Mattie continues to give Taylor child care advice, warning her that dehydration is a constant danger in Arizona, and Taylor realizes how much about motherhood she still has to learn. Mattie then asks Taylor what kind of work she might be looking for. Taylor shares her “peculiar resume” from the odd jobs she had in Kentucky, including picking bugs off bean vines. Mattie laughs and goes to show Taylor the bean vines she has in a little garden that she keeps in the back yard of her shop. Taylor is amazed by the bountiful produce available in January, and Mattie explains that a frost usually arrives to kill the crops mid winter, but that this year has been uncommonly warm. The beans in particular came from Mattie’s Chinese neighbor, brought from China in 1907.
Taylor expects that her skills working with the land won’t come in handy in the Arizona desert, but nature surprises Taylor again with its resilience. Yet the unusual warmth is a small reminder that all is not right with nature, as Kingsolver hints at human-influenced climate change. The beans that grow in Mattie’s garden are also transplants from another place, coming from China. These bean trees will become very meaningful to Turtle, another immigrant to Tucson.
Taylor marvels at how different Tucson feels, even though it is still American land. Her hometown in Kentucky is stuck twenty years behind the cultural developments of the rest of the country, and Taylor feels as though she has catapulted into the future. This is exciting, but Taylor is also unnerved by the lack of community she senses in this urban center. She decides to leave her car with Mattie and take Turtle to live in a hotel for the meantime. Living in this hotel is much rougher than the hotel where Taylor lived in Oklahoma, with a clientele of prostitutes and homeless people congregating at the corner.
Taylor comments on the differences in both the land and the culture of Tucson. Taylor is used to the sleepy rhythms of rural Kentucky, where the community may be stifling but it is also a support system that acts like a family. Taylor feels the lack of people that she knows, compounded by living in an impersonal hotel.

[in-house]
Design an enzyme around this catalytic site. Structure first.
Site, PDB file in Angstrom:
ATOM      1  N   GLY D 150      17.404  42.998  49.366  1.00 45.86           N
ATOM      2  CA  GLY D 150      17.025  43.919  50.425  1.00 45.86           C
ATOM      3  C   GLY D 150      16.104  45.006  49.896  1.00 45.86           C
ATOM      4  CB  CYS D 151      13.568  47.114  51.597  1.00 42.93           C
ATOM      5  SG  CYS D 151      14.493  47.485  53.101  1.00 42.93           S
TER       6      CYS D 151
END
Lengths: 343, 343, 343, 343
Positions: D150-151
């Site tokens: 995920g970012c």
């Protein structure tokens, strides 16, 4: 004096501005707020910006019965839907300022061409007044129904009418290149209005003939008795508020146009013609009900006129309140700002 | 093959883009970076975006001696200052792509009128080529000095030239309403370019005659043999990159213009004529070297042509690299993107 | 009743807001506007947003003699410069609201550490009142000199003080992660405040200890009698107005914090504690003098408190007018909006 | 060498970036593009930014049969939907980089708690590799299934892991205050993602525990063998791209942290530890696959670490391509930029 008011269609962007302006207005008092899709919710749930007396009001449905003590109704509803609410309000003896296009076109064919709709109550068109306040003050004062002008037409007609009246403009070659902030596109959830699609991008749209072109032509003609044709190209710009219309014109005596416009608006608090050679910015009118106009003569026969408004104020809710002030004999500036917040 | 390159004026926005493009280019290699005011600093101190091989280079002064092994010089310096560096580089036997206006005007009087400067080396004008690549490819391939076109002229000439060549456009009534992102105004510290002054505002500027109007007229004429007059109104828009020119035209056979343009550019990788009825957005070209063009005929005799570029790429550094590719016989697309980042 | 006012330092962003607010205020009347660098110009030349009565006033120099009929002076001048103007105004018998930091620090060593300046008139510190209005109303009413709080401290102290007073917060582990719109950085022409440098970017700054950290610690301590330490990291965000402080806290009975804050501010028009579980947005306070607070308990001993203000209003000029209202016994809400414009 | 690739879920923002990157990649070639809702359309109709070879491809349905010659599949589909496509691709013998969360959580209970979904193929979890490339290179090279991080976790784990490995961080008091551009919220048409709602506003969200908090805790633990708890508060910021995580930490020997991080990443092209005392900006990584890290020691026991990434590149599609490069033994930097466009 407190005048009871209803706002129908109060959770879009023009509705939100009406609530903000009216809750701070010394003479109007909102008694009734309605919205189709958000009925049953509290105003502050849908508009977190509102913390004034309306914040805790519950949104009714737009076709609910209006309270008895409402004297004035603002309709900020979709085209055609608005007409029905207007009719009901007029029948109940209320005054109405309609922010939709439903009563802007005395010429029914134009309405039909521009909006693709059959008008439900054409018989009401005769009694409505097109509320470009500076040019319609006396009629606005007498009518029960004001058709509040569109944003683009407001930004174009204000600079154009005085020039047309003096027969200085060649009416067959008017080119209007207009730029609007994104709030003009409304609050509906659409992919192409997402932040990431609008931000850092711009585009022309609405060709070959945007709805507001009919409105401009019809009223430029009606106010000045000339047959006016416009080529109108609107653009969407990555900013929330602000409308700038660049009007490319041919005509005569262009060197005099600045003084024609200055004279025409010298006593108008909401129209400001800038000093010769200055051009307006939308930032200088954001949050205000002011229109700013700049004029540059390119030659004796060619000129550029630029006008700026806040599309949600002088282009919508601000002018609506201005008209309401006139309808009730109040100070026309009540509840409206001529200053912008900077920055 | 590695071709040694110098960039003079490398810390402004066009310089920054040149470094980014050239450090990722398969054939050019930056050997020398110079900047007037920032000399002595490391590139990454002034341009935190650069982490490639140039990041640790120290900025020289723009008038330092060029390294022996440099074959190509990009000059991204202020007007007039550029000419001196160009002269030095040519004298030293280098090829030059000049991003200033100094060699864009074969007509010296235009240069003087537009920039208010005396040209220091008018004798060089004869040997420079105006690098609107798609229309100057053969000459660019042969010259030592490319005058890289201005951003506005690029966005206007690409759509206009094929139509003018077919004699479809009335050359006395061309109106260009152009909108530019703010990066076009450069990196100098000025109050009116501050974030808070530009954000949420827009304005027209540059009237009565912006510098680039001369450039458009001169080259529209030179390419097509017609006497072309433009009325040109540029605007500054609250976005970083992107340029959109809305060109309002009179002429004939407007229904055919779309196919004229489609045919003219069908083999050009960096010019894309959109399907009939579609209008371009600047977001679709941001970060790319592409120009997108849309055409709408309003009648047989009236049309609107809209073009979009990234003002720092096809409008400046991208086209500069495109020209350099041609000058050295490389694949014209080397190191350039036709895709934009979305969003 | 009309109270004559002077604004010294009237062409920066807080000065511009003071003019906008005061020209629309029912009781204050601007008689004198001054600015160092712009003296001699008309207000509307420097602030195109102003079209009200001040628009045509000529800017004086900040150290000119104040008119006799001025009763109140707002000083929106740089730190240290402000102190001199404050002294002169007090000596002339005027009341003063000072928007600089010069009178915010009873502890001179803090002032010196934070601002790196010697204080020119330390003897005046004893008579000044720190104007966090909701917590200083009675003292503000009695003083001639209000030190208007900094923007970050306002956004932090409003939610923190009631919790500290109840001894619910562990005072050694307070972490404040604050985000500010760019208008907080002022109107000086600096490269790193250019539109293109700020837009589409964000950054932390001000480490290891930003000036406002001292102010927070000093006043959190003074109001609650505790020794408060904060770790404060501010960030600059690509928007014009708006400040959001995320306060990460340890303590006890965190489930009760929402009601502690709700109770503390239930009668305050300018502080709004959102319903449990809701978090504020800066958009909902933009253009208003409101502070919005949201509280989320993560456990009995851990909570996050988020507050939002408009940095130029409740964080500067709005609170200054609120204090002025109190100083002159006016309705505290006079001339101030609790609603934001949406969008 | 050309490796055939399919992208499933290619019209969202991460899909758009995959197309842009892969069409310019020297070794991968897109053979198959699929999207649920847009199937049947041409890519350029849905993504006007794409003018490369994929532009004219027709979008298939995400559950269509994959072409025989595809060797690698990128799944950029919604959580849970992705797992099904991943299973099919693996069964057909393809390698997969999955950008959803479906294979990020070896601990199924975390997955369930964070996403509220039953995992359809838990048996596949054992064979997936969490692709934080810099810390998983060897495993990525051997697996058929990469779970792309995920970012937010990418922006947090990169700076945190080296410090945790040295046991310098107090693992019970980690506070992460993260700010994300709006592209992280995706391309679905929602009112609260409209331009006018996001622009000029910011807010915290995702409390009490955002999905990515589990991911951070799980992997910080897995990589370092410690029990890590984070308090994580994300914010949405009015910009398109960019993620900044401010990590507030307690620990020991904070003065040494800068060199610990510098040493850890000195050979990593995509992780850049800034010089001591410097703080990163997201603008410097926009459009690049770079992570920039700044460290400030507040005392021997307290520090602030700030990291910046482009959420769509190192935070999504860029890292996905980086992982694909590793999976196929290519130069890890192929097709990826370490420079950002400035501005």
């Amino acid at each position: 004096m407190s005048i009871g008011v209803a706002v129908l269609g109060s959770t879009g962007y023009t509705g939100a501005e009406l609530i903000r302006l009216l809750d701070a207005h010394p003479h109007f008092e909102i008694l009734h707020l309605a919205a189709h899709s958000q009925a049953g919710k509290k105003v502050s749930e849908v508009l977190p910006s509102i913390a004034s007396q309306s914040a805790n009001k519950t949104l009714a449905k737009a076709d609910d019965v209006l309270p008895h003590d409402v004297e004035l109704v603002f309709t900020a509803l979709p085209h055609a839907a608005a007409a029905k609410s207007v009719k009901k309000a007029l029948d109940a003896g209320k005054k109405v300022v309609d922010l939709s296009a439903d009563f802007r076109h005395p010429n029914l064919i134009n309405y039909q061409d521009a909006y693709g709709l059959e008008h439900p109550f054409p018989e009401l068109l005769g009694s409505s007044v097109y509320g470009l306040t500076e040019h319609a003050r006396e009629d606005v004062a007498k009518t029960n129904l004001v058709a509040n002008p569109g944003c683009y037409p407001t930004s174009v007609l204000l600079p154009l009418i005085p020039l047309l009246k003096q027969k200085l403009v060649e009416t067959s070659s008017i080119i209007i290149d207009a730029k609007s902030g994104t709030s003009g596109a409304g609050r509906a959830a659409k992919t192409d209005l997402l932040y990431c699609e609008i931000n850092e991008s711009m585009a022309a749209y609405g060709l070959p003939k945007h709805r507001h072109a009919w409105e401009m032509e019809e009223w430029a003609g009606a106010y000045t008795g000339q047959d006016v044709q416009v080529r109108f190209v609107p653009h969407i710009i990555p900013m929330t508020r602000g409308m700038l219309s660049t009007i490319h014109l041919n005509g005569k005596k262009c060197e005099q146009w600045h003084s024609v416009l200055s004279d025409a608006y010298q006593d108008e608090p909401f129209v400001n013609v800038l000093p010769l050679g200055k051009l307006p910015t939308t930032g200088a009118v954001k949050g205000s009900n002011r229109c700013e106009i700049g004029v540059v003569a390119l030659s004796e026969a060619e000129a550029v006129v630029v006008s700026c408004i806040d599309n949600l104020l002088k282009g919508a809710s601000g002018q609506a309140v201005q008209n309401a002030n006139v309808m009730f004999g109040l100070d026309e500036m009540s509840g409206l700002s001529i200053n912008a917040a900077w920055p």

Taylor is especially confused by a new type of poor people that she meets in Tucson. Though they look like the bag ladies that Taylor remembers from Kentucky, they seem to enjoy their exotic appearance and live in galleries and studios they have converted out of an abandoned shopping mall. Taylor goes inside one of these stores try to understand, and is mainly confused by the art and the artist herself. Turned off by the artist’s snobby attitude when she asks about the name of one of the works of art, Taylor makes fun of the other paintings and leaves.
Taylor’s lack of culture causes her to mistake urban artists for homeless people. Kingsolver pokes fun at these artists, who think that they are living closer to the earth but are actually creating artificial barriers between themselves and the people around them.
Taylor struggles to find a new source of income as her savings dwindle, but draws the line at giving blood as the other homeless people in Tucson do. She tries to work at the blood bank because of her experience in the Pittman County Hospital, but is turned away because she has no license in the state of Arizona. She hangs out at Burger Derby, a dying fast food joint, talking to the girl behind the counter. The girl, Sandi, turns out to be crazy about the Kentucky Derby horse race and loves hearing all the juicy details that Taylor knows about Secretariat, a famous race horse.
Taylor, coming from rural Kentucky, does not have the right documentation to be taken seriously in the more developed city of Tucson. She feels like an outsider in this place, even though she wants it to be her home. In contrast, Sandi dreams of the pastoral charms of Kentucky. Just as Taylor thought that Arizona was out of a movie, people who are not from Kentucky think that it is like a movie.
Taylor asks Sandi about getting a job at Burger Derby, then realizes that she would have to pay someone to watch Turtle. Surprisingly, Sandi also has a son that she leaves at the Kid Central Station at the mall while she works. This day care is meant for shoppers, but Sandi just checks in every two hours on her breaks. Taylor thinks about checking the Kid Central Station out, and Sandi asks her to check in on Seattle, her son, if she’s going there now. Sandi explains that Seattle is named after a race horse and looks exactly like her with blonde hair. Sandi then comments that Turtle looks nothing like Taylor, and Taylor explains that Turtle isn’t really hers. Turtle is just someone Taylor “got stuck with,” a feeling that Sandi understands.
Sandi, a young single mother in Tucson, proves to be a surprising source of advice for Taylor. Sandi has an unconventional approach to child care, but is only doing what she must in the absence of other support. Both Sandi and Taylor share a feeling of “getting stuck” with their family, though Sandi’s child is biological and Taylor’s is not. Kingsolver continually points out the similarities that non-traditional families share with more traditional ones.